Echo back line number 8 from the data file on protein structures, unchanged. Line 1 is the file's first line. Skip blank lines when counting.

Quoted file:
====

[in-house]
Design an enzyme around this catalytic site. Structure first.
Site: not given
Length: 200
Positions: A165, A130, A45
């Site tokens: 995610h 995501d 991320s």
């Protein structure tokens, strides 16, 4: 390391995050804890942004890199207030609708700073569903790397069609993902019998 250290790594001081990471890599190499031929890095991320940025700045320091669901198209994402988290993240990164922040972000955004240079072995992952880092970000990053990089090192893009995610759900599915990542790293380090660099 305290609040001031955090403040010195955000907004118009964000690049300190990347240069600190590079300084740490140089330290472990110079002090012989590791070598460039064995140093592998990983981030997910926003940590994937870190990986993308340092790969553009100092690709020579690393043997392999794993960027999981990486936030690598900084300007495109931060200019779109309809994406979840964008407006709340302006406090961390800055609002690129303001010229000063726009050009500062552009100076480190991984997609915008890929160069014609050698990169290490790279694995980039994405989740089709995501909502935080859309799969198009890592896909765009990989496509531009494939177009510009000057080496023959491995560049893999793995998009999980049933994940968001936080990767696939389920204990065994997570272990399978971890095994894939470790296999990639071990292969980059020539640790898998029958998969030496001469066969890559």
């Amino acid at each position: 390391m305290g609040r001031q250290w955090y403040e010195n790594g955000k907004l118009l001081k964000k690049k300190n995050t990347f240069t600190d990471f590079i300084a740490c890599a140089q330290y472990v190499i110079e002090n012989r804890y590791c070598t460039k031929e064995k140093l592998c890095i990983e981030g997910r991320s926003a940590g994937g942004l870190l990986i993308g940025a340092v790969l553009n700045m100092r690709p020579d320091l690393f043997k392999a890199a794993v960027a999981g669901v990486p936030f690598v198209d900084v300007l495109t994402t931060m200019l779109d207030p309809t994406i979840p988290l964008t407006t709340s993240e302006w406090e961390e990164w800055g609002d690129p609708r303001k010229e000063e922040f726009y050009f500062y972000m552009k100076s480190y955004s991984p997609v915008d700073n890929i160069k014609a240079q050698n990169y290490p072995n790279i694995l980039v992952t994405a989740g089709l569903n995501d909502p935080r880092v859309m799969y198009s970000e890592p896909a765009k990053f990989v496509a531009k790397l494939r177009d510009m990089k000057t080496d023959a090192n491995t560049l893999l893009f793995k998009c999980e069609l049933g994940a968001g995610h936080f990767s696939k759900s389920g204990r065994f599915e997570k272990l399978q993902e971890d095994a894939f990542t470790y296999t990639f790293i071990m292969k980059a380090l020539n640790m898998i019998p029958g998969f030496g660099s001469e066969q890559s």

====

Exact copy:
């Amino acid at each position: 390391m305290g609040r001031q250290w955090y403040e010195n790594g955000k907004l118009l001081k964000k690049k300190n995050t990347f240069t600190d990471f590079i300084a740490c890599a140089q330290y472990v190499i110079e002090n012989r804890y590791c070598t460039k031929e064995k140093l592998c890095i990983e981030g997910r991320s926003a940590g994937g942004l870190l990986i993308g940025a340092v790969l553009n700045m100092r690709p020579d320091l690393f043997k392999a890199a794993v960027a999981g669901v990486p936030f690598v198209d900084v300007l495109t994402t931060m200019l779109d207030p309809t994406i979840p988290l964008t407006t709340s993240e302006w406090e961390e990164w800055g609002d690129p609708r303001k010229e000063e922040f726009y050009f500062y972000m552009k100076s480190y955004s991984p997609v915008d700073n890929i160069k014609a240079q050698n990169y290490p072995n790279i694995l980039v992952t994405a989740g089709l569903n995501d909502p935080r880092v859309m799969y198009s970000e890592p896909a765009k990053f990989v496509a531009k790397l494939r177009d510009m990089k000057t080496d023959a090192n491995t560049l893999l893009f793995k998009c999980e069609l049933g994940a968001g995610h936080f990767s696939k759900s389920g204990r065994f599915e997570k272990l399978q993902e971890d095994a894939f990542t470790y296999t990639f790293i071990m292969k980059a380090l020539n640790m898998i019998p029958g998969f030496g660099s001469e066969q890559s």